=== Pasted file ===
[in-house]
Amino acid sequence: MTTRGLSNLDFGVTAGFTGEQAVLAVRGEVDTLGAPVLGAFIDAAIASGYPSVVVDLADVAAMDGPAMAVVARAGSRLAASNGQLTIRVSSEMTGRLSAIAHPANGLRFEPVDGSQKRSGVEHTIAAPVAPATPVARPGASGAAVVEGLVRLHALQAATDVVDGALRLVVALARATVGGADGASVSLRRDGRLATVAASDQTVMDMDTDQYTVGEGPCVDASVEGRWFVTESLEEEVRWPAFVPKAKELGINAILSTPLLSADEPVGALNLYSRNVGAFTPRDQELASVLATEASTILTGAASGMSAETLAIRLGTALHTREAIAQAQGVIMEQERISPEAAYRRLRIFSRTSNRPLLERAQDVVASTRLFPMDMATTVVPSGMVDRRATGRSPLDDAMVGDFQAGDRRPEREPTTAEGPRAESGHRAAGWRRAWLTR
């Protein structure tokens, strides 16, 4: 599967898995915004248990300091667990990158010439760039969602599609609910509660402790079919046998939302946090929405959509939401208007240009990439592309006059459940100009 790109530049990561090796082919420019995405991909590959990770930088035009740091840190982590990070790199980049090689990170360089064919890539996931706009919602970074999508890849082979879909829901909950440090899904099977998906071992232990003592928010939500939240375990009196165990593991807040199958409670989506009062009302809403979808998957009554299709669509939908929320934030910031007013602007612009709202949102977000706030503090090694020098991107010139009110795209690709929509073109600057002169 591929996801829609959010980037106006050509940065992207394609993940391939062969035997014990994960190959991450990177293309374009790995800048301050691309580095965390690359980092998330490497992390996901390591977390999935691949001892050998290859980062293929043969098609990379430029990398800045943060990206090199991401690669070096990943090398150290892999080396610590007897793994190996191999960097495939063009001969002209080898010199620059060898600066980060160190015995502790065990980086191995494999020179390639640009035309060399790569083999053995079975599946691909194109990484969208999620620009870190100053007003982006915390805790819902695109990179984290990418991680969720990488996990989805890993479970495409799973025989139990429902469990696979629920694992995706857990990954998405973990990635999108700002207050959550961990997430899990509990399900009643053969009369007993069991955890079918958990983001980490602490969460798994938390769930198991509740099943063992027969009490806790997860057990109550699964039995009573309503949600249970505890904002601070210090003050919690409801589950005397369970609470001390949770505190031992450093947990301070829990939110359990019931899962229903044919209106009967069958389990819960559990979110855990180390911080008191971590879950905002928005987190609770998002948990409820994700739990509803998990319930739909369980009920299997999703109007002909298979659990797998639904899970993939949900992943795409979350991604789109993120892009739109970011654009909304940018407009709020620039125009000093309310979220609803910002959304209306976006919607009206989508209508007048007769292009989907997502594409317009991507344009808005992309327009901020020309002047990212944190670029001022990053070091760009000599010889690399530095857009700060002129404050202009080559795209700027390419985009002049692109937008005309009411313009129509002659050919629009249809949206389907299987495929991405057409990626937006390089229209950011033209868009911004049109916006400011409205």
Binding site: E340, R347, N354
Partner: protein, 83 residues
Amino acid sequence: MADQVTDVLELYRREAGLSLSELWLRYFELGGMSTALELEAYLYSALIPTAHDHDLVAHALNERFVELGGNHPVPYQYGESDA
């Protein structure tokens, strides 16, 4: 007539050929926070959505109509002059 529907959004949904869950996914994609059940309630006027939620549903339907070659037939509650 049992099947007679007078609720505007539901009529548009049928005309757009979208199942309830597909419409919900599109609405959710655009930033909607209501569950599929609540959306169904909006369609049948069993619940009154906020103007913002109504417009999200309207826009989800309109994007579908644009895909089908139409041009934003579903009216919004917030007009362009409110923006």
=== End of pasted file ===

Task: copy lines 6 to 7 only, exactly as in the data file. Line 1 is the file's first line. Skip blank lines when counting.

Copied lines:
Amino acid sequence: MADQVTDVLELYRREAGLSLSELWLRYFELGGMSTALELEAYLYSALIPTAHDHDLVAHALNERFVELGGNHPVPYQYGESDA
């Protein structure tokens, strides 16, 4: 007539050929926070959505109509002059 529907959004949904869950996914994609059940309630006027939620549903339907070659037939509650 049992099947007679007078609720505007539901009529548009049928005309757009979208199942309830597909419409919900599109609405959710655009930033909607209501569950599929609540959306169904909006369609049948069993619940009154906020103007913002109504417009999200309207826009989800309109994007579908644009895909089908139409041009934003579903009216919004917030007009362009409110923006």